Ending your Texas marriage without acrimony: it can be done
A generation ago, there were few ways - aside from traditional contested divorce litigation or a settlement agreement - to end a Texas marriage. If the parties couldn't come to an agreement amongst themselves on important issues like child custody, visitation and property division, they had to fight it out in court, wasting valuable time and monetary resources. Instead of being divorced in a matter of months, it could easily take a year or more to dissolve a marriage if every issue must be decided by a judge with an already-full family court docket.
Nowadays, though, the divorce landscape is much different. While some Texas divorce actions are still contentious, many couples are now able to use alternative methods like mediation or collaborative divorce to end their marriage. These methods foster a spirit of cooperation, and, in addition to benefits like costing less than litigation and offering a quicker resolution, using an non-adversarial method can be especially helpful for couples with children, as it puts them in a good position to positively and respectfully co-parent their children for years to come.
Alternative divorce methods are relatively new to the family law arena, and having a basic understanding of the various methods available can be helpful to someone thinking about dissolving their own marriage.
The most common alternative divorce method (which is also useful in other family-related legal issues) is mediation. Texas courts believe so strongly in the value of mediation that some judges will require divorcing parties to attempt mediation prior to litigating matters, particularly those relating to child custody and parenting time/visitation. Having a neutral third party - the mediator - help you make decisions can result in an agreement that you both can accept. In addition, mediation typically resolves contested issues quicker than a trial would and it is usually less expensive for the parties.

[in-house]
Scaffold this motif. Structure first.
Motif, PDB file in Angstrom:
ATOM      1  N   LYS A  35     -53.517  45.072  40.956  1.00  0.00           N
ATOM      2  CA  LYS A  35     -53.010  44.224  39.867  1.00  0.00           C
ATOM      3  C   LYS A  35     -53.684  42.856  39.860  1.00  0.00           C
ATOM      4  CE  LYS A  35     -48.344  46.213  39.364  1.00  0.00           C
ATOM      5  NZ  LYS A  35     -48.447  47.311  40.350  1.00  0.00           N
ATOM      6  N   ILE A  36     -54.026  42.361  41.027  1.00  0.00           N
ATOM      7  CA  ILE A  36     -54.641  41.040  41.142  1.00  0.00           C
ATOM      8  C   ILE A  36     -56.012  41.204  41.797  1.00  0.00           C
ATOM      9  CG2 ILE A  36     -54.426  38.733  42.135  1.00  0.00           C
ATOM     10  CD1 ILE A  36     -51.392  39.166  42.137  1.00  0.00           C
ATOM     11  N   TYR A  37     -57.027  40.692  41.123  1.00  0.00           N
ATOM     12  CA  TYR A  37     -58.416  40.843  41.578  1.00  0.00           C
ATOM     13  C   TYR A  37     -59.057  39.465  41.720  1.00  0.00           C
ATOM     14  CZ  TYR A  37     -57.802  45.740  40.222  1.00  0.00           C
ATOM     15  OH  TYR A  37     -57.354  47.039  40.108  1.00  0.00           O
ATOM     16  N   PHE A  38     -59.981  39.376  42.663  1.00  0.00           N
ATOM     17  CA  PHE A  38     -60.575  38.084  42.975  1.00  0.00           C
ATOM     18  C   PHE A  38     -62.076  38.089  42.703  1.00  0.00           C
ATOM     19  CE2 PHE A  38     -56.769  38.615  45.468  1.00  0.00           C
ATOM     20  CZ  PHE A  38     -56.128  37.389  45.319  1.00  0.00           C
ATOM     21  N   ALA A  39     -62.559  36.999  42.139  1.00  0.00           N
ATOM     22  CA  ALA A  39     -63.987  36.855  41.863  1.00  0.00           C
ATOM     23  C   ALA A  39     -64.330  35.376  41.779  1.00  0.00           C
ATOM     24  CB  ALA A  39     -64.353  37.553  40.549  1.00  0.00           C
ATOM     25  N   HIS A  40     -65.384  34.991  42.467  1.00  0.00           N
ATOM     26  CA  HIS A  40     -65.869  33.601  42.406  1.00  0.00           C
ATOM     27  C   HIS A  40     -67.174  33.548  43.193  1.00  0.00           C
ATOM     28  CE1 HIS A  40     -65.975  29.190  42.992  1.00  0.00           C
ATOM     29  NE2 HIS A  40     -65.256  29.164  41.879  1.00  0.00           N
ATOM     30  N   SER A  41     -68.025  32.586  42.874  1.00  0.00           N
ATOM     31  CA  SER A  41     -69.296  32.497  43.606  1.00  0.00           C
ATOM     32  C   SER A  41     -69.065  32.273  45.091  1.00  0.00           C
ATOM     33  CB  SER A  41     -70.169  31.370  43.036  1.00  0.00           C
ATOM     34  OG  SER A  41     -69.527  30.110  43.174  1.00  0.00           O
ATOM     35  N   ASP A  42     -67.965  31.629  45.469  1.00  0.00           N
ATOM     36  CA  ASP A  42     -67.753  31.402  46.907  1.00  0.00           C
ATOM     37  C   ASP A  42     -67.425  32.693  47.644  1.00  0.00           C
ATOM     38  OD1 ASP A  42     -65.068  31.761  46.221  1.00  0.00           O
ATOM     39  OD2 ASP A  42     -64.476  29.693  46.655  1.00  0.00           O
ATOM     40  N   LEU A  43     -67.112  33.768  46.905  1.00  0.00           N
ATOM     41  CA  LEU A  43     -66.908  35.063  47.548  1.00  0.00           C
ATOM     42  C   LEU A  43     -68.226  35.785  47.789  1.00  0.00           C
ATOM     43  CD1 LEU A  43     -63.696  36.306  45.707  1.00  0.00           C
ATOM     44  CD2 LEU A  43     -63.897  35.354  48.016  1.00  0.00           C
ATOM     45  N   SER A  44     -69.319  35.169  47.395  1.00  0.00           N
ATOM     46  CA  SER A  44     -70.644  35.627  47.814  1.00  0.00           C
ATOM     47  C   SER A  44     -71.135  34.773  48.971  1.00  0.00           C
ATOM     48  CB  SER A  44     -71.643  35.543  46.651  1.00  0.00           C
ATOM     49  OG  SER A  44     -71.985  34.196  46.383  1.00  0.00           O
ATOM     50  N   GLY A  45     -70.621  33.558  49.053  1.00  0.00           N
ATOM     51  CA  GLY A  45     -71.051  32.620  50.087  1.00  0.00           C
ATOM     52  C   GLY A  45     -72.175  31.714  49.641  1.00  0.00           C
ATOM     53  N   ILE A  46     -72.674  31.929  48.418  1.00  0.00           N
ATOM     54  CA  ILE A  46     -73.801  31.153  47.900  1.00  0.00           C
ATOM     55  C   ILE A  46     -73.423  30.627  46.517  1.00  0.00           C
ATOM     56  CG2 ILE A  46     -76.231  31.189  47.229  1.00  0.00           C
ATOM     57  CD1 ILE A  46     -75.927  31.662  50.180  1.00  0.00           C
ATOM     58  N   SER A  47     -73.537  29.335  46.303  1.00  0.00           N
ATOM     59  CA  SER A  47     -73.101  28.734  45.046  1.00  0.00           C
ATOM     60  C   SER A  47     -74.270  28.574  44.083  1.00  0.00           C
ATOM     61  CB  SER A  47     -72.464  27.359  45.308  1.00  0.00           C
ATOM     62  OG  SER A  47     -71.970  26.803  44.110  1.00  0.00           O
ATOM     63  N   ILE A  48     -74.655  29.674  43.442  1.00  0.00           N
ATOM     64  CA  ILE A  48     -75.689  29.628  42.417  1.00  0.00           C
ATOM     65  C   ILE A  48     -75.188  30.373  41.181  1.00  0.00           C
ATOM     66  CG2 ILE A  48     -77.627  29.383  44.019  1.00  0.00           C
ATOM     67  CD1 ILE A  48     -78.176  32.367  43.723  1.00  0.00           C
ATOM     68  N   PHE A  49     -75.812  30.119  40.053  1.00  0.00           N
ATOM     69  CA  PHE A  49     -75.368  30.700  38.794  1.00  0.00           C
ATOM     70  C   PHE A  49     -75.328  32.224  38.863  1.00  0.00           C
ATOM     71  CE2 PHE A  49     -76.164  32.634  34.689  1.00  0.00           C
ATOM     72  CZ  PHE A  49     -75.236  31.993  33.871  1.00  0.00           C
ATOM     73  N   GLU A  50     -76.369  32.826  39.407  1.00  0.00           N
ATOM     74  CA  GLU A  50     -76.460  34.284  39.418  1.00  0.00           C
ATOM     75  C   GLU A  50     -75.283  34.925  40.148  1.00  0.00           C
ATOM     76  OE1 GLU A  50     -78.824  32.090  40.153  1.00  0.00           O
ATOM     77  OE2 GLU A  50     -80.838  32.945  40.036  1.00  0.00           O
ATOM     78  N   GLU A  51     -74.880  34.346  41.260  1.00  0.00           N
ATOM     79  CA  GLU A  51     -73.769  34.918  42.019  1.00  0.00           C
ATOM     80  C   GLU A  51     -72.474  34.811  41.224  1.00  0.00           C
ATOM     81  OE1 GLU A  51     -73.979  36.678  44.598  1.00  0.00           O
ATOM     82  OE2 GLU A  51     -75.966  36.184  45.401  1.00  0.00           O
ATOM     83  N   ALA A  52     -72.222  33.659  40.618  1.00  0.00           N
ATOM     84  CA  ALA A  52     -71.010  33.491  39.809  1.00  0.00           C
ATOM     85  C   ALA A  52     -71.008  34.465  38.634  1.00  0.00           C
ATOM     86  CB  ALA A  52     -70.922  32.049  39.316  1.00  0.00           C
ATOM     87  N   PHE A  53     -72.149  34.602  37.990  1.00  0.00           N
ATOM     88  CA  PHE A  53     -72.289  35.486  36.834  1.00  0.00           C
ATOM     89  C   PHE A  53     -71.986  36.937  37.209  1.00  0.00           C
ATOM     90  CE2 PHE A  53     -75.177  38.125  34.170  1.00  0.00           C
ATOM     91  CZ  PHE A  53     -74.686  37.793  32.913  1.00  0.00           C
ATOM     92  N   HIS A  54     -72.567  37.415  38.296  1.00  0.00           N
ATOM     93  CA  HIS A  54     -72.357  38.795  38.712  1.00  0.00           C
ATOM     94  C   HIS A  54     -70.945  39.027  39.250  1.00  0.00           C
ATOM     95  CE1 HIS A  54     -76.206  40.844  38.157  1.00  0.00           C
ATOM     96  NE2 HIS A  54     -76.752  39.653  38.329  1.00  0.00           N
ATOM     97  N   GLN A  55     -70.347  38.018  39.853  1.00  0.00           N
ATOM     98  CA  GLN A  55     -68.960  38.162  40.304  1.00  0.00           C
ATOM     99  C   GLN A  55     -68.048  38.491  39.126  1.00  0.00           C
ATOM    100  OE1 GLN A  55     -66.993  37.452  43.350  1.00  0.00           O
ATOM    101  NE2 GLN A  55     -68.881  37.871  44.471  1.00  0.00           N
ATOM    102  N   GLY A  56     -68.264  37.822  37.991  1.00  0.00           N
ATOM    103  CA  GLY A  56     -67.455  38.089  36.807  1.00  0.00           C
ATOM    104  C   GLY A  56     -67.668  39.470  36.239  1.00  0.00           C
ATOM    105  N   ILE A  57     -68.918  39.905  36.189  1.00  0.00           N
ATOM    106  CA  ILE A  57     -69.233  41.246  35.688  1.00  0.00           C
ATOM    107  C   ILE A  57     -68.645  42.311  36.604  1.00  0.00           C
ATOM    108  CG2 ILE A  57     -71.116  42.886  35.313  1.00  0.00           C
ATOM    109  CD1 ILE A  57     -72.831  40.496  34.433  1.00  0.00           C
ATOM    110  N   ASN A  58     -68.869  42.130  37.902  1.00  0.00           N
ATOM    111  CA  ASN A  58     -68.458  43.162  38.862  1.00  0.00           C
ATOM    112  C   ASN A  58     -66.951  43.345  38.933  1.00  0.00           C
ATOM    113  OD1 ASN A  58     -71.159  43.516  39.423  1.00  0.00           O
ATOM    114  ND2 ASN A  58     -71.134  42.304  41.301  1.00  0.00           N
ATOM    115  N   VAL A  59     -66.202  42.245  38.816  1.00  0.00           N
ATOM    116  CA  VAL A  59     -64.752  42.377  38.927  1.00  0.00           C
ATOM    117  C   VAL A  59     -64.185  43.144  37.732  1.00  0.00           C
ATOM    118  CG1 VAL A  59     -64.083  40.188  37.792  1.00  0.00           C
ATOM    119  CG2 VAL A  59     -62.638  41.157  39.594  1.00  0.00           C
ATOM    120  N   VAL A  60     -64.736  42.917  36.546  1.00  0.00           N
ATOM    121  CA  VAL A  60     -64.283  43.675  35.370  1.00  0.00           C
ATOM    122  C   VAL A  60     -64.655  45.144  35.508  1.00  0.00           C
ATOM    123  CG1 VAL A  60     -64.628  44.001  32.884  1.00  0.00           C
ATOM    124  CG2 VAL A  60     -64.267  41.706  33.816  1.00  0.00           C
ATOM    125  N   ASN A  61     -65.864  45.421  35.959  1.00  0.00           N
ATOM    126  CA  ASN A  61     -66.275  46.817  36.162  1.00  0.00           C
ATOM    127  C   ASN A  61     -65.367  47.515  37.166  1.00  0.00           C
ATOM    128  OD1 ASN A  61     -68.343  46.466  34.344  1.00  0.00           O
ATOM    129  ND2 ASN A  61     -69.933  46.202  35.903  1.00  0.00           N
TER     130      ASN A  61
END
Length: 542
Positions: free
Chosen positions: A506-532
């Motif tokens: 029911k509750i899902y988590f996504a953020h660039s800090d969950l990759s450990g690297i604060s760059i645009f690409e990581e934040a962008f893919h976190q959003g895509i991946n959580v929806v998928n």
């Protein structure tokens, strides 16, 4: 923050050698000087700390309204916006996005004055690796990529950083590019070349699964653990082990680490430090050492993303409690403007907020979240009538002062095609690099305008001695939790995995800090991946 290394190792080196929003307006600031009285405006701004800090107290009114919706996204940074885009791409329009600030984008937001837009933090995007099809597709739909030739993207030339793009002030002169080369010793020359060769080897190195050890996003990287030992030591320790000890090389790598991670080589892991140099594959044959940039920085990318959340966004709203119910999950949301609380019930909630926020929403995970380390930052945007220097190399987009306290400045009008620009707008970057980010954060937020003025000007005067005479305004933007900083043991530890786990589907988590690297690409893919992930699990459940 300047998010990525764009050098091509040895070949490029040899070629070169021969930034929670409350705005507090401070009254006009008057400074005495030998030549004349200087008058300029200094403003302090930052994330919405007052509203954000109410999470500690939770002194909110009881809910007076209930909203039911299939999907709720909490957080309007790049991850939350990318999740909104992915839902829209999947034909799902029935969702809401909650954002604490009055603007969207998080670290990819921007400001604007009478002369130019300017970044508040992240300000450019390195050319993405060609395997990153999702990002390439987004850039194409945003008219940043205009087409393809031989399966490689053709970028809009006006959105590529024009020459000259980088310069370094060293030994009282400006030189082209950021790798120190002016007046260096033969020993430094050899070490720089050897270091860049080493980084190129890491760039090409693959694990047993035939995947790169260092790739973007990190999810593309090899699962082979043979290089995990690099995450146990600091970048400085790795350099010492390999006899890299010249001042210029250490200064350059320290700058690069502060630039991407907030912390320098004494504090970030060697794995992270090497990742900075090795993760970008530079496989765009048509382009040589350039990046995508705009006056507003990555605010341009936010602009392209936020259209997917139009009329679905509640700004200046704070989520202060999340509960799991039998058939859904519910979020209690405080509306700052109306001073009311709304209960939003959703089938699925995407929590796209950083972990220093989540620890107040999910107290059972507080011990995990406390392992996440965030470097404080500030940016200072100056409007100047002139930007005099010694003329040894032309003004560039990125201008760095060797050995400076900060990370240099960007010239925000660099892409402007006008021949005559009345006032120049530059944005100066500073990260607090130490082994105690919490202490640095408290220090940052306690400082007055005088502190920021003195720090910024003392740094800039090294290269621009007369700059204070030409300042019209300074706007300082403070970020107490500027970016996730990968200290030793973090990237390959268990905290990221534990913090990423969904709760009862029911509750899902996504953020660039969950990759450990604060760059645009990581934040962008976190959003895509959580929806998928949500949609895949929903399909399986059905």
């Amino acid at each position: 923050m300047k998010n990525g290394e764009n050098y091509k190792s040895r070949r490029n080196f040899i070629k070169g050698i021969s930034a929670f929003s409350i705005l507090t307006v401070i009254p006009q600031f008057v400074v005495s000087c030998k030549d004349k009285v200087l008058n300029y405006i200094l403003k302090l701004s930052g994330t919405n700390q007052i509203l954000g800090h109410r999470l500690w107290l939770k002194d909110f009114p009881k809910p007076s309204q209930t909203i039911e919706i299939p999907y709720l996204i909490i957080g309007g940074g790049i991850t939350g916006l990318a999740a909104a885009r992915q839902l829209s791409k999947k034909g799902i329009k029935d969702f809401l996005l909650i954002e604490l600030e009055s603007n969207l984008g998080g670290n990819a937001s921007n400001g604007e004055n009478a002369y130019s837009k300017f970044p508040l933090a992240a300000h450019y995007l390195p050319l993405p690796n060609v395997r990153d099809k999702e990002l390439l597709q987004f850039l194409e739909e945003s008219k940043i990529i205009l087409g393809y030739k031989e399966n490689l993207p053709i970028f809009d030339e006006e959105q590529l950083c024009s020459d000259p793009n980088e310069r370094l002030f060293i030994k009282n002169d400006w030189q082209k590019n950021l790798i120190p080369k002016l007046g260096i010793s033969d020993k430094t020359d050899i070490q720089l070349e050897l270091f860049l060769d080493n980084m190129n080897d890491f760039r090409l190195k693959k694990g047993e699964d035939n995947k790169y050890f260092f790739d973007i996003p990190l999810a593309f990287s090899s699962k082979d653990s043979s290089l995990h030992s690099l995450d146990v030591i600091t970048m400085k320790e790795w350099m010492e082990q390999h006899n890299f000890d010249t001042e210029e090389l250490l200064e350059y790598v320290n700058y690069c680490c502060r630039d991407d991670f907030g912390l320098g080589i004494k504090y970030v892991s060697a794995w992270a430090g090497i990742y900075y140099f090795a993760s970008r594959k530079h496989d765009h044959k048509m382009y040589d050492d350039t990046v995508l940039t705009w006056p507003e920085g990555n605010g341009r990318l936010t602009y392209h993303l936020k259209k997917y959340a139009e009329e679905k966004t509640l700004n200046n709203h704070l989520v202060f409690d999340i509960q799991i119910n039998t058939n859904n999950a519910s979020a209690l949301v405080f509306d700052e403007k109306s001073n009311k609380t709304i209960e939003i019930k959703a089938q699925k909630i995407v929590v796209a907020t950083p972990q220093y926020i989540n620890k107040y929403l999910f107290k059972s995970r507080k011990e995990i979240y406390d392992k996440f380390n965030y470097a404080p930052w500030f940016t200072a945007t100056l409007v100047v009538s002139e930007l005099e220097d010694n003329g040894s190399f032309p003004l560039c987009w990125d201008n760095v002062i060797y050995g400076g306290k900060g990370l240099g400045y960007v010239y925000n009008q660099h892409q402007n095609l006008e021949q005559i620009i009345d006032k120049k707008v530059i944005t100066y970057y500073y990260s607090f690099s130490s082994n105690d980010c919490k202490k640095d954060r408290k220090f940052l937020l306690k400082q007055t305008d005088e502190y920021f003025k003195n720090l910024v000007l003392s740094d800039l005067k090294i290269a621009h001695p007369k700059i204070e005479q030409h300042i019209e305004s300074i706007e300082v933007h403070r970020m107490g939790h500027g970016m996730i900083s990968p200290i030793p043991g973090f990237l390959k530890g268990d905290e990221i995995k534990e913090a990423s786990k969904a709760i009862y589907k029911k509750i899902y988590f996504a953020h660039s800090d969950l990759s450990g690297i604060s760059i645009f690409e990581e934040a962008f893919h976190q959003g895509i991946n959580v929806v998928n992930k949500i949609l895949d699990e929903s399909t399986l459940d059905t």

Another alternative method has gained traction in legal circles across the country in recent years: Collaborative law. Since, legally speaking, collaborative law is still in its infancy, many people are unfamiliar with it. Essentially, collaborative law is a series of meetings in which the husband and wife negotiate a settlement with their attorneys with the assistance of various professionals whose expertise is valuable to the couple's unique situation.
For example, a couple dealing with financial issues might need the assistance of an accountant to help them come up with a fair property and debt division arrangement. Couples who cannot communicate well, or have other emotional issues might benefit from a counselor or psychologist being involved. If there are children, a parenting coordinator could be of assistance. Many parties report that settlements reached through the collaborative process are more successful because they feel a real sense of control over their lives. In their minds, the terms of an agreement are easier to meet since they were a vital part of its creation.
Finding the right kind of help
Obviously, if you have questions about a Texas divorce, whether you think that an alternative method will be of use, traditional litigation will be required or a settlement can be reached, strongly consider speaking with an experienced family law attorney in your area. An attorney can help you determine what method is probably the best fit for you and can give you knowledge about your rights and options that you need to make an informed decision about how to proceed.